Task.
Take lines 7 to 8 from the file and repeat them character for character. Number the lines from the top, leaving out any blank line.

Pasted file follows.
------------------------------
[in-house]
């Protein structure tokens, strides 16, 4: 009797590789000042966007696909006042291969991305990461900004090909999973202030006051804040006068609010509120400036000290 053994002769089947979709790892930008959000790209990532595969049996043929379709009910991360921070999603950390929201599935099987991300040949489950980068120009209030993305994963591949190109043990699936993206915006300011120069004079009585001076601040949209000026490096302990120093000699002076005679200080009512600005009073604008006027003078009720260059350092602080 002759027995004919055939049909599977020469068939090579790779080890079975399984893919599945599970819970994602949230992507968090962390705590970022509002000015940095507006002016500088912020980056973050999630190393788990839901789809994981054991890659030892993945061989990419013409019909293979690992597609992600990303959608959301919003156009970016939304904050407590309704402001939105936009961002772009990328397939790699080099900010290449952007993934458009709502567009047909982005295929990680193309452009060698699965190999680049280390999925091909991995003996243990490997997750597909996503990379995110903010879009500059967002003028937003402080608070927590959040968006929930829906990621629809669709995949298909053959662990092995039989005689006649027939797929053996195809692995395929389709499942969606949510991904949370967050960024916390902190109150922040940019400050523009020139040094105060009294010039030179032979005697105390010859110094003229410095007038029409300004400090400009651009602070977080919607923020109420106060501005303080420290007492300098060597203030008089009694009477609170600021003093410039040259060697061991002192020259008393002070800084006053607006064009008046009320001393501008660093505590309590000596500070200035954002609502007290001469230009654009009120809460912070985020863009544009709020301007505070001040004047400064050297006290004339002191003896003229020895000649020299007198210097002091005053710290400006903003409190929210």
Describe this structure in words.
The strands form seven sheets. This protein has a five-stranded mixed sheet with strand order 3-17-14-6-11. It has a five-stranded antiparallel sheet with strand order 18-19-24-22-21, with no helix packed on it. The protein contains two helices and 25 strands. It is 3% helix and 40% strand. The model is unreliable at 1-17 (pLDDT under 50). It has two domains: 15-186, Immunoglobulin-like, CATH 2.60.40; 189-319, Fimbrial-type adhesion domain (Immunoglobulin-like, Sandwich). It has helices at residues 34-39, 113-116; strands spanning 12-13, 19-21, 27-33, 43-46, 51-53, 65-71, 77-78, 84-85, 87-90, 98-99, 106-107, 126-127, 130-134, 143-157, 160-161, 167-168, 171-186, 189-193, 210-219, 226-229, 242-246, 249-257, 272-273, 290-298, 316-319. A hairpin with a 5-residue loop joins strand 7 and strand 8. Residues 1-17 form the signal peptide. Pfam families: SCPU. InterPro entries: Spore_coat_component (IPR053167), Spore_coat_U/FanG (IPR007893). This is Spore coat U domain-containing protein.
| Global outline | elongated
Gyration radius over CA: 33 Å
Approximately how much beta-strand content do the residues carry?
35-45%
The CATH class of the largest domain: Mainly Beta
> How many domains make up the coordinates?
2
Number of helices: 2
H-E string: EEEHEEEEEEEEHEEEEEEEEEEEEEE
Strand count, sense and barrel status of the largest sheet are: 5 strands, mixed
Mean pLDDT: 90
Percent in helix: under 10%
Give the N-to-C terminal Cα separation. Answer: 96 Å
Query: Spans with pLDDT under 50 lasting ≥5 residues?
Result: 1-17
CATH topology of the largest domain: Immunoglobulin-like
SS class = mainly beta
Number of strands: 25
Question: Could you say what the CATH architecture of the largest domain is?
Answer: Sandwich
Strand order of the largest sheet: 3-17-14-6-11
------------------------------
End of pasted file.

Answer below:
Approximately how much beta-strand content do the residues carry?
35-45%